The Simcoe Muskoka District Health Unit's Medical Officer of Health Dr. Charles Gardner (Photo taken on Zoom)
The Simcoe Muskoka District Health Unit’s (SMDHU) Medical Officer of Health Dr. Charles Gardner said Tuesday that 80-percent of residents in Simcoe Muskoka 75 or older have either booked a vaccination appointment or gotten the first dose of the COVID-19 vaccine.
He added that the “great majority” of people in long-term care homes have received at least one dose of the vaccine with 88-percent having both shots and 87-percent in retirement homes. Dr. Gardner reported that 63-percent of the other priority groups that are able to get the vaccine have gotten at least one dose. “We are making very good progress with the highest priority groups,” he said.
“We now have a new group and that is faith leaders who through their work have close contact with people with end of life care or pastoral care to vulnerable populations,” Dr. Gardner said. He added that more information will be sent out later in the week.
In total, 70,125 have been vaccinated in SMDHU’s medical region as of its Tuesday afternoon update. Dr. Gardner added that includes 17,285 people who are fully vaccinated.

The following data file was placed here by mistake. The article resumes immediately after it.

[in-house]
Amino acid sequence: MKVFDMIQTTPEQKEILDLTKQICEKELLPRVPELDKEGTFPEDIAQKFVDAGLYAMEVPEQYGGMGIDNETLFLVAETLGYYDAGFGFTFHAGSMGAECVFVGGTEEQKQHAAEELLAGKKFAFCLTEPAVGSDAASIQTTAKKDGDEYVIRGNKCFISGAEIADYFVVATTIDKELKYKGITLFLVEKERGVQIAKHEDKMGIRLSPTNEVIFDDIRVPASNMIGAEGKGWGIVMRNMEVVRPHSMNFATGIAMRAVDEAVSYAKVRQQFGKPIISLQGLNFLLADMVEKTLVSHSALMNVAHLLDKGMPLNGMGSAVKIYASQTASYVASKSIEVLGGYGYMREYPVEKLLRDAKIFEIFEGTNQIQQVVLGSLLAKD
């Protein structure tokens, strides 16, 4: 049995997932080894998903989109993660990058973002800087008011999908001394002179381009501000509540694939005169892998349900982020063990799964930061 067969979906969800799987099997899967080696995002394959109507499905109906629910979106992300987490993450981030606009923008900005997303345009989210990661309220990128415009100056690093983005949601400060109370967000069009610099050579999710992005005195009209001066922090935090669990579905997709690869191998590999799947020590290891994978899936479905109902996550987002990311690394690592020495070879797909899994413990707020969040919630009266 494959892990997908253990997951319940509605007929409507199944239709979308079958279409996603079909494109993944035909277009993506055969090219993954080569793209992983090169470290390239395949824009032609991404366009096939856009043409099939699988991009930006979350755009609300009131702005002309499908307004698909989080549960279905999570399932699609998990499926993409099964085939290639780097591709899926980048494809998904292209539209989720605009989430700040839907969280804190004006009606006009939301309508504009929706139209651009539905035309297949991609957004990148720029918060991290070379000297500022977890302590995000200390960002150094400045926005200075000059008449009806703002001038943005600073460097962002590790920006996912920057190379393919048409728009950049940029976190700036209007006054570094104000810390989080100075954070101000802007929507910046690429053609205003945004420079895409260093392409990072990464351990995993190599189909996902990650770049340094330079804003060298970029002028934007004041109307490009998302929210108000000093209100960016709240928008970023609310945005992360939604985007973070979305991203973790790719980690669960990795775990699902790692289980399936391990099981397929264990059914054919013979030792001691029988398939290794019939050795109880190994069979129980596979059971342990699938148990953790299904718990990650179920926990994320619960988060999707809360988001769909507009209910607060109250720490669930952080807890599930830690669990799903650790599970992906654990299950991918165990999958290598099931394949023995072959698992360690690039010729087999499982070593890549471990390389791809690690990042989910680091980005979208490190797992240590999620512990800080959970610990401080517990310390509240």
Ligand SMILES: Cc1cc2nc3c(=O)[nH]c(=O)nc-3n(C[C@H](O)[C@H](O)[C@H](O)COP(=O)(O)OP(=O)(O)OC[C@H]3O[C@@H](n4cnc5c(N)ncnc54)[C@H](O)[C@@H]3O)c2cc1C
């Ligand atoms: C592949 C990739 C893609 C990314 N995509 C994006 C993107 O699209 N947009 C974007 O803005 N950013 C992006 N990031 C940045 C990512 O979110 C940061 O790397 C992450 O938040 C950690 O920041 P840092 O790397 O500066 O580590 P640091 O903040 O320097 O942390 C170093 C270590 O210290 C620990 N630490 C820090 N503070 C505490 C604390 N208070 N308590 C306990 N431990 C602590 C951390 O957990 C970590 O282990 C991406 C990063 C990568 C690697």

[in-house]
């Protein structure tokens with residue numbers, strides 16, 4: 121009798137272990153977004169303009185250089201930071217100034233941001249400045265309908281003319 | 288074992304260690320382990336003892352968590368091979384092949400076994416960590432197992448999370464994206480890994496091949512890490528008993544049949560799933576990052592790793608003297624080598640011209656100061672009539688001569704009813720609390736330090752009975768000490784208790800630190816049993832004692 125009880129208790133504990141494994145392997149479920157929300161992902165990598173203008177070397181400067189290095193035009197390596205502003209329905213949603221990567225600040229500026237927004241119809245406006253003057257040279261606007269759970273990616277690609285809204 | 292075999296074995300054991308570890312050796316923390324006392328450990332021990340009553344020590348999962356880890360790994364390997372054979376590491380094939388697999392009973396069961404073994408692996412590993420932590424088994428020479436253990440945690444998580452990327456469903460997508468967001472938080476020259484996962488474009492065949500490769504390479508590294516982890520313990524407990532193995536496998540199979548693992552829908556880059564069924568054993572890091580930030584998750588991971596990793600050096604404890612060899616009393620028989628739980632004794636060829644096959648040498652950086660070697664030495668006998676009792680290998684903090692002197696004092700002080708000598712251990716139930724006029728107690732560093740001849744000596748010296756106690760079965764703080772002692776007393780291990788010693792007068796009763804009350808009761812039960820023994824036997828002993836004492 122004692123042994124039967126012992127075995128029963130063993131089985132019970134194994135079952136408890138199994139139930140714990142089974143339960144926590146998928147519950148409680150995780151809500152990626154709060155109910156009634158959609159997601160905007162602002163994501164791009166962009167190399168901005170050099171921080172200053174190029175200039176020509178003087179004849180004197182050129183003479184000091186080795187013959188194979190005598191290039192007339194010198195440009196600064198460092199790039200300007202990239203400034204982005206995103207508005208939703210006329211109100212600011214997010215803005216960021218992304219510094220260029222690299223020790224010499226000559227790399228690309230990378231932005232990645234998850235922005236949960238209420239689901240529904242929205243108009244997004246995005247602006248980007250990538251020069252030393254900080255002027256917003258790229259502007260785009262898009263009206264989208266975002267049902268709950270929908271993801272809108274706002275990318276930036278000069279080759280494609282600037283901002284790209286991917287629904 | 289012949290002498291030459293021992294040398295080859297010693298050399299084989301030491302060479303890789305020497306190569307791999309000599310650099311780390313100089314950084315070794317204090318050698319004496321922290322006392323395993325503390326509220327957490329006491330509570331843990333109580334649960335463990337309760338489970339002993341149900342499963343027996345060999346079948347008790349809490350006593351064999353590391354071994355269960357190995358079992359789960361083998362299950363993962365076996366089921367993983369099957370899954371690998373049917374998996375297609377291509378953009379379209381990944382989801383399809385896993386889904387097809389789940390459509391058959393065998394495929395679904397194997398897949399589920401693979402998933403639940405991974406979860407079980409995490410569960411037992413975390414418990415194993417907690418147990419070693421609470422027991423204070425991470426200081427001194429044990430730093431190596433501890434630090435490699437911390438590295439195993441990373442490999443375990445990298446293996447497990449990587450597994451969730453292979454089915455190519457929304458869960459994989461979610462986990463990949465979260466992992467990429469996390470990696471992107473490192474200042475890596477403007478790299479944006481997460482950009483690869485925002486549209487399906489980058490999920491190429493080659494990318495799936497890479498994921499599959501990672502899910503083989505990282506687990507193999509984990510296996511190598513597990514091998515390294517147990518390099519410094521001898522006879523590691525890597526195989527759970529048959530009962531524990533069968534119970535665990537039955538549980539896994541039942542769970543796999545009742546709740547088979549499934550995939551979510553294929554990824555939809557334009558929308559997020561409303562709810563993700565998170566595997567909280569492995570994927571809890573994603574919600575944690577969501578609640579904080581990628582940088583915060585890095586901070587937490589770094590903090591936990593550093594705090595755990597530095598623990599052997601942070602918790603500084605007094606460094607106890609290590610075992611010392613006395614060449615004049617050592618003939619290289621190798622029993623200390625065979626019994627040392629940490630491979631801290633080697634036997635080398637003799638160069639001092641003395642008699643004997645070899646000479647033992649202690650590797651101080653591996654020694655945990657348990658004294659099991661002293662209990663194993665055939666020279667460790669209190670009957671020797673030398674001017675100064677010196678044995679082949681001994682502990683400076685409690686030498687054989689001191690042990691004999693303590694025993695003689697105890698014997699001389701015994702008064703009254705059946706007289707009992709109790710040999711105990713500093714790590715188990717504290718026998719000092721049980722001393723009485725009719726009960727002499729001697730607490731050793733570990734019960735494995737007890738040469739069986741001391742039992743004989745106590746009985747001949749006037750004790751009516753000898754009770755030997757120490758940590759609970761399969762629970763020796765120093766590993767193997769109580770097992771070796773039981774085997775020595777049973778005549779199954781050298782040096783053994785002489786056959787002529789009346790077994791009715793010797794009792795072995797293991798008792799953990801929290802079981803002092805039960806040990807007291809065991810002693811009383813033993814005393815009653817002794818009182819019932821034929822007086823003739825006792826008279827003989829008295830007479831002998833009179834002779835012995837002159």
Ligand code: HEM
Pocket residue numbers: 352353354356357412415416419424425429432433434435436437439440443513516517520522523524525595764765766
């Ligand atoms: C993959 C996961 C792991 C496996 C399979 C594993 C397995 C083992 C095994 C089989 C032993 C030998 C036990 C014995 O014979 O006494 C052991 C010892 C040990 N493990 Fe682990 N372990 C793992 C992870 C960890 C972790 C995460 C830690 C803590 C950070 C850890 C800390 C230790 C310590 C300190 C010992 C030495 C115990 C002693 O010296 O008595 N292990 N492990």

Health Unit officials announced earlier this month that if you got your first dose of the COVID-19 vaccine before March 10th, you will have to wait up to four months before getting your second shot. “This is to allow us to get to more people quickly to get them their first dose,” Dr. Gardner explained.
With Ontario’s COVID-19 science advisory table reporting the province is in a third wave, Dr. Garnder touched on what could happen with future lockdowns. “I am concerned that having to go into more stringent controls or a lockdown would be opposed,” Dr. Gardner said. “It would be very difficult to sustain.”
The last time SMDHU’s medical region was moved to the Grey-Lockdown zone was February 26th and it only lasted a week. Dr. Gardner cited new data showing that there were a total of 265 cases last week, compared to the 300 from the week before. He explained that any new cases that happened during the week our region was in lockdown would appear on last week’s update. While he didn’t go as far as saying it was all because of the lockdown, he said the lower numbers could “possibly” be attributed to it.
With that being said, he said he understands how hard lockdowns are on people, adding he’s concerned with people being “exhausted” of control measures. “The saving grace to the situation is that at least we’ve provided a high degree of protection for those most vulnerable with vaccination in our long-term care and retirement homes and other vulnerable seniors in the community,” he said.
Dr. Gardner said that he’s concerned a third wave will be “very challenging” to handle.